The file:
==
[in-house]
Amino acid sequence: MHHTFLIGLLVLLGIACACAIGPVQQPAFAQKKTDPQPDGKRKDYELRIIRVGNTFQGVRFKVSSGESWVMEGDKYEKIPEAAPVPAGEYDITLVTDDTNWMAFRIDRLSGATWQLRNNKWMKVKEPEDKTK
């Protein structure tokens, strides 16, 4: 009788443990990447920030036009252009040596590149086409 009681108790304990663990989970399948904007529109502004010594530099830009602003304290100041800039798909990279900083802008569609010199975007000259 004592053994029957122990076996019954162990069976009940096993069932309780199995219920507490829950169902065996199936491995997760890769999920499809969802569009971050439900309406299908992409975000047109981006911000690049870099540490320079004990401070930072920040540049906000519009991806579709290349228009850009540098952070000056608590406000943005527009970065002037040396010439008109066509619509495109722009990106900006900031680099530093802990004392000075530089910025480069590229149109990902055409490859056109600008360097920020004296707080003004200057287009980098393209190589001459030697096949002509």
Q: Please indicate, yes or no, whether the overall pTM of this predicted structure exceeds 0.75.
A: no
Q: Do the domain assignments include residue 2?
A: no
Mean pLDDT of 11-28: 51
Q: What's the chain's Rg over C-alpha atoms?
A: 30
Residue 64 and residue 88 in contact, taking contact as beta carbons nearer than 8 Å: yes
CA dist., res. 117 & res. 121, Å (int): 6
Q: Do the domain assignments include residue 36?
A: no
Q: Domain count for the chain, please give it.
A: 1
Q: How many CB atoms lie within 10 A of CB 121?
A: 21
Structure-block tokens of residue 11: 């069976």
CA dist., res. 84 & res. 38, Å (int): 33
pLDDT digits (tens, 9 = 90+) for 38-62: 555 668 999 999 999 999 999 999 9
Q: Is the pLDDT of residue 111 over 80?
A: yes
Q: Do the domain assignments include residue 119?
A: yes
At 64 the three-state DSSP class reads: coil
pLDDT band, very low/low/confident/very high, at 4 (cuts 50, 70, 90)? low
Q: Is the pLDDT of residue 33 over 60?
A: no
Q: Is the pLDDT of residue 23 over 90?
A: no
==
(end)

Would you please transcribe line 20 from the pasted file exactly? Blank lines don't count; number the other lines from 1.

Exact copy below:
CA dist., res. 84 & res. 38, Å (int): 33